Given the apparent relevance of the Hippo pathway in the regulation of cardiomyocyte proliferation in various instances, the understanding of the upstream stimuli regulating this pathway also bears paramount interest. Hippo signalling in mammalian cells can be modulated by cellular DNA damage response,64 contact inhibition,65,66 and the dynamics of the cytoskeleton, in particular by F-actin depolymerization (reviewed in ref.67). Conceivably, all these stimuli might be operational during both myocardial development and after damage.

6. Control of cardiomyocyte proliferation by microRNAs

Work performed by different laboratories has indicated that heart development and disease is controlled by several different microRNAs (miRNAs), a class of small, non-coding, evolutionarily conserved RNAs that negatively regulate gene expression by repressing protein translation, or by promoting mRNA degradation (reviewed in refs68,69). Each miRNA can target hundreds of different mRNAs, whereas one mRNA is interfered with multiple miRNAs.

The essential role of RNA interference during cardiac development was originally shown in the effect of the heart-specific conditional knockout of the miRNA-processing enzyme Dicer. This resulted in embryonic, or early postnatal, lethality due to heart failure.70,71 Notably, the disruption of the miRNA-processing machinery at different postnatal ages also determines pathological ventricular remodelling and contractile dysfunction,72,73 indicating that miRNAs are not only required for normal embryonic and neonatal heart development, but are crucial for cardiac homeostasis in adulthood.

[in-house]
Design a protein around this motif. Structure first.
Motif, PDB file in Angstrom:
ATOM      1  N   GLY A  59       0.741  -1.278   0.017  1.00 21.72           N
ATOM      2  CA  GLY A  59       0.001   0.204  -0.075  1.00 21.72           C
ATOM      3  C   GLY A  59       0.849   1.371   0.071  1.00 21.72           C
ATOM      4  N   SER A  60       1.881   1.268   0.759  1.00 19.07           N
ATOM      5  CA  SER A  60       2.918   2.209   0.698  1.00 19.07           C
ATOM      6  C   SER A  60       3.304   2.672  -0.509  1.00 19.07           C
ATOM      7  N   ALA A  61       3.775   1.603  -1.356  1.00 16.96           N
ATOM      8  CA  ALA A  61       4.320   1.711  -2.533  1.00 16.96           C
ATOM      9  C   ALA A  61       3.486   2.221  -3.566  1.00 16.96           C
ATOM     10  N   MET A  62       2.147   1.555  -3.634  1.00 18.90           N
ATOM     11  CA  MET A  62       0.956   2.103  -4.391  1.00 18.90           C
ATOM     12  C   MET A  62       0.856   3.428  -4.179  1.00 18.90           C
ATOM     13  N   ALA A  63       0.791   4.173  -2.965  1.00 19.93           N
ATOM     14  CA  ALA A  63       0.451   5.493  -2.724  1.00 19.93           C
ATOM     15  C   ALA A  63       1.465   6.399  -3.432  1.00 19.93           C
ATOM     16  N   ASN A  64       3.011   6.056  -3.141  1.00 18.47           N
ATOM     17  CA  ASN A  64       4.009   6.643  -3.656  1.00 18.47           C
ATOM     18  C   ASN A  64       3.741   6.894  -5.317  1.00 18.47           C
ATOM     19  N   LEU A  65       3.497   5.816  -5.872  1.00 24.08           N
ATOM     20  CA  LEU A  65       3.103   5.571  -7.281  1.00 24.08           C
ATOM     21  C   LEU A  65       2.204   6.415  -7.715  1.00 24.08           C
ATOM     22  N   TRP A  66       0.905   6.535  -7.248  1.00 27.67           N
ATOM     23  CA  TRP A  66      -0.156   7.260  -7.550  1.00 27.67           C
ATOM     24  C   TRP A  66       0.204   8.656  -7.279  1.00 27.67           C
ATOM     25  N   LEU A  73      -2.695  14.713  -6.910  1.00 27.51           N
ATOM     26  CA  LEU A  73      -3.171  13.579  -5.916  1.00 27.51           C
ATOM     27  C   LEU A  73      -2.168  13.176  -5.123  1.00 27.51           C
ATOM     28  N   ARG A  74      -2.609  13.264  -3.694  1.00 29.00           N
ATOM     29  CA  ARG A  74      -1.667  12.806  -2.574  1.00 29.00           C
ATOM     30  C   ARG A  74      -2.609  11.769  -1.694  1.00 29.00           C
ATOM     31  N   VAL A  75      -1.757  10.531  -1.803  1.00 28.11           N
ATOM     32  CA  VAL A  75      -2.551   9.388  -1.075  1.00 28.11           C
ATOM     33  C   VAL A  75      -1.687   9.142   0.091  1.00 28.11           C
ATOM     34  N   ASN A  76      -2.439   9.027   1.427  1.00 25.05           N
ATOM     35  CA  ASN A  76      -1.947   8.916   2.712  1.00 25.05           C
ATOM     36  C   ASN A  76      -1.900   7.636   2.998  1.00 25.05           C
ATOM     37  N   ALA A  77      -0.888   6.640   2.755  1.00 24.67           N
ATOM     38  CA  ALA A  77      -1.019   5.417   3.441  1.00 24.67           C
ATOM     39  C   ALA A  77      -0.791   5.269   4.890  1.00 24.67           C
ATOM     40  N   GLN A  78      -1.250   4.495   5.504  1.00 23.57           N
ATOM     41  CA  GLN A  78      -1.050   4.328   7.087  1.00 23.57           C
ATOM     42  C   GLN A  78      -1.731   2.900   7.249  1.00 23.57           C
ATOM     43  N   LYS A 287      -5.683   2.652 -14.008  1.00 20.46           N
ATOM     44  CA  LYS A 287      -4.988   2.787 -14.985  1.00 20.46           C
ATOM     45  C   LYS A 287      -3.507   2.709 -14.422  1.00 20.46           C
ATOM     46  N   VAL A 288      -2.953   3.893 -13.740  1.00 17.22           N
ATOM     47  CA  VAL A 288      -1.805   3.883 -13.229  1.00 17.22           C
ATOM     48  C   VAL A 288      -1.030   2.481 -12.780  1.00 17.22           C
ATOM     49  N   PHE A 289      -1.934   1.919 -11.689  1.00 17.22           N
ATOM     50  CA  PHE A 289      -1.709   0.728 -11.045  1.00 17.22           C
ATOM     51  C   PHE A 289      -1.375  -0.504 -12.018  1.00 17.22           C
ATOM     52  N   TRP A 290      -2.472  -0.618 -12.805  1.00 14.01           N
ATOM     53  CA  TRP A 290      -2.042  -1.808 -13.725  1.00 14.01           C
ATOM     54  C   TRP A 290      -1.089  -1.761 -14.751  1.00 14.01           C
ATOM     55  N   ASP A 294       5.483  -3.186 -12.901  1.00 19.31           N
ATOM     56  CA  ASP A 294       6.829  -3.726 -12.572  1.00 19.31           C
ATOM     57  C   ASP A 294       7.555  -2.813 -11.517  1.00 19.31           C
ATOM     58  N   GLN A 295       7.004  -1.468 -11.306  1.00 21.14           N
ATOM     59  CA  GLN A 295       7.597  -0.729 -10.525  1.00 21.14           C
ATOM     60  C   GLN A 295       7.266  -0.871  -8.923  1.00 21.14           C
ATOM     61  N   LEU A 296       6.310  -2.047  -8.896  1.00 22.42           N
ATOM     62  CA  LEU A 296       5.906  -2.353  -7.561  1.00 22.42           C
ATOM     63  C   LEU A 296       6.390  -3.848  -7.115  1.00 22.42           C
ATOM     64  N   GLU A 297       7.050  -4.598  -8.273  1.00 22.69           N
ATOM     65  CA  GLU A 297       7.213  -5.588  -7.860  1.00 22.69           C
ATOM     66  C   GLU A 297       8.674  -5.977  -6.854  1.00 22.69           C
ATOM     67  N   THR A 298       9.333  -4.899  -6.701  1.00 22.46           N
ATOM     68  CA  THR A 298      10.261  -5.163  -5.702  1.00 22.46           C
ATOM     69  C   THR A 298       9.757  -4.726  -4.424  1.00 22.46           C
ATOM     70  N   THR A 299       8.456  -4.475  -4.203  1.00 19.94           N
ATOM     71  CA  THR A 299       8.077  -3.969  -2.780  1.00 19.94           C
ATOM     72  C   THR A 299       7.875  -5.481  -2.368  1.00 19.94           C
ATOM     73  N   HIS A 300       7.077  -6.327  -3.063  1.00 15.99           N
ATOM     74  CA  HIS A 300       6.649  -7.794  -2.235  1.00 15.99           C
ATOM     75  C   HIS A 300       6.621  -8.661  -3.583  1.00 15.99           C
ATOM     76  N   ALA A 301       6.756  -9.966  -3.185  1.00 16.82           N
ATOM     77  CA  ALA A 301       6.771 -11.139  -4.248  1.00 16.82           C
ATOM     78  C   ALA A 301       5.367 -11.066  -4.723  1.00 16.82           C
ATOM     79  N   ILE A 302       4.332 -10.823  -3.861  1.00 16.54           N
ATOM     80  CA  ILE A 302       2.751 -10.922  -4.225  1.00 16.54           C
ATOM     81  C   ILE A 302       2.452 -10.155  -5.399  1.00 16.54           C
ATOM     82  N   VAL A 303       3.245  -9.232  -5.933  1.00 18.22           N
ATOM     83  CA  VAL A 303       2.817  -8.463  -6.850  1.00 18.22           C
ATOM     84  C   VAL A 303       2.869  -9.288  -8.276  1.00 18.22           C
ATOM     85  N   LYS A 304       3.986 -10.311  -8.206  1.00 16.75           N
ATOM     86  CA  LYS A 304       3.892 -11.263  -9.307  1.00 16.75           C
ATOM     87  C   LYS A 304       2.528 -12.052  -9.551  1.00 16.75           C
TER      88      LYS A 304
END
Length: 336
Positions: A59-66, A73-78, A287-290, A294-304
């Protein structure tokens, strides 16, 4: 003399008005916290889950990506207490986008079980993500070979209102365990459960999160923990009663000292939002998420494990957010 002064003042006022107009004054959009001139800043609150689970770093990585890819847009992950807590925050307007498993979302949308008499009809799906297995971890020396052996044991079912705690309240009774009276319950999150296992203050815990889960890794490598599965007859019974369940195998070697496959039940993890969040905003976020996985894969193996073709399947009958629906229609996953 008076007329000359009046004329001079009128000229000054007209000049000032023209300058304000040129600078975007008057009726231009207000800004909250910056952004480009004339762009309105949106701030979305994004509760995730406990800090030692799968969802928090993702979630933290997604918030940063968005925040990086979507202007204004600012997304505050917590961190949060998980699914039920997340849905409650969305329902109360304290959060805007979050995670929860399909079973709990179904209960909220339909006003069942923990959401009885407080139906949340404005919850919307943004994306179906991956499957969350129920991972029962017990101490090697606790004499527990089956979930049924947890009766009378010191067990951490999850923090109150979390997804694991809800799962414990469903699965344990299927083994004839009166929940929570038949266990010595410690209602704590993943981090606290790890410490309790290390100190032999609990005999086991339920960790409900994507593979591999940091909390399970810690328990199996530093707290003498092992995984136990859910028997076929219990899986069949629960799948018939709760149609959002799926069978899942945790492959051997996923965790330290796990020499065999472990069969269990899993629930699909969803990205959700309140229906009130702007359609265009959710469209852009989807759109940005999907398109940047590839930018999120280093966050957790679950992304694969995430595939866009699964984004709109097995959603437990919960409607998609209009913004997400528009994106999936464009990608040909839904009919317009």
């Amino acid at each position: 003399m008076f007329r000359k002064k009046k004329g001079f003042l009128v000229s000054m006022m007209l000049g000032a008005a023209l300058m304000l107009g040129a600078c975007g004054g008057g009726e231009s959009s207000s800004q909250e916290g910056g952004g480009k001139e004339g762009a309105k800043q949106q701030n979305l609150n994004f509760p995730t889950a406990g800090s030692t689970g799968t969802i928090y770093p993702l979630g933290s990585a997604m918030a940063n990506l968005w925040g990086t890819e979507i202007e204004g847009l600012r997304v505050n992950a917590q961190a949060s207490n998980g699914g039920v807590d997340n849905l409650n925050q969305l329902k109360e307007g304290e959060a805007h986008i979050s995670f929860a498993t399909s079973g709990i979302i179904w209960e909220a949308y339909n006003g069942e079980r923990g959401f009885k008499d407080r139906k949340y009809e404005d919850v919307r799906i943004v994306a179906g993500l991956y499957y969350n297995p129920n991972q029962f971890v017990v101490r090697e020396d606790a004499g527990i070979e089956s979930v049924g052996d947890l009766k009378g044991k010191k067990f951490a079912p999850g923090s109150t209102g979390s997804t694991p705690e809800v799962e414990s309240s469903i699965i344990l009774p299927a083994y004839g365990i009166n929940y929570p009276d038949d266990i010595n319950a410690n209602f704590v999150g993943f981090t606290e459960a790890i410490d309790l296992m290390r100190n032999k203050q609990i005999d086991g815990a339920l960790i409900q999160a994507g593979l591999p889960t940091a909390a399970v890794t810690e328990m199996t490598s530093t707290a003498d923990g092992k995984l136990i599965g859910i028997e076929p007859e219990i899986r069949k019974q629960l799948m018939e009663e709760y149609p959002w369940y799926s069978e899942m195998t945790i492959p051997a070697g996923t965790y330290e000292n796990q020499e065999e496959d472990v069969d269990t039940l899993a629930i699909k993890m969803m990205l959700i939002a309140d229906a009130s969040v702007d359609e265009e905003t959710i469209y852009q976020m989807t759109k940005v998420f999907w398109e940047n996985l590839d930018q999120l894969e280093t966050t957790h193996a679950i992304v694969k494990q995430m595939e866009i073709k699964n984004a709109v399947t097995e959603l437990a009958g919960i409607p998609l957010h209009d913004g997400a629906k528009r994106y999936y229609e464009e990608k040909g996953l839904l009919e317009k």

Recent evidence indicates that specific miRNAs are involved in postnatal cardiomyocyte mitotic arrest. By comparing the miRNA expression profile of the mouse ventricle at Day 1 and at Day 10, miR-195 (a member of the miR-15 family) was found induced at Day 10, when cardiomyocytes have exited the cell cycle.74 Overexpression of this miRNA during development caused premature cardiomyocyte cell-cycle arrest, leading to congenital heart hypoplasia, and prevented regeneration after myocardial infarction in P1 neonatal hearts.75 Consistently, a chemically modified RNA oligonucleotide blocking the seed sequence of the miR-15 family members increased cardiomyocyte mitosis in neonatal mice, promoted adult cardiomyocyte proliferation, and preserved cardiac contractile function after injury.75,76 Additional studies in zebrafish revealed a similar role for miR-133 in blocking cardiomyocyte proliferation and regeneration following apical resection injury.77 Finally, miR-29a also suppressed cardiac cell proliferation, whereas its inhibition promoted cardiomyocyte division possibly by targeting cyclin D2.78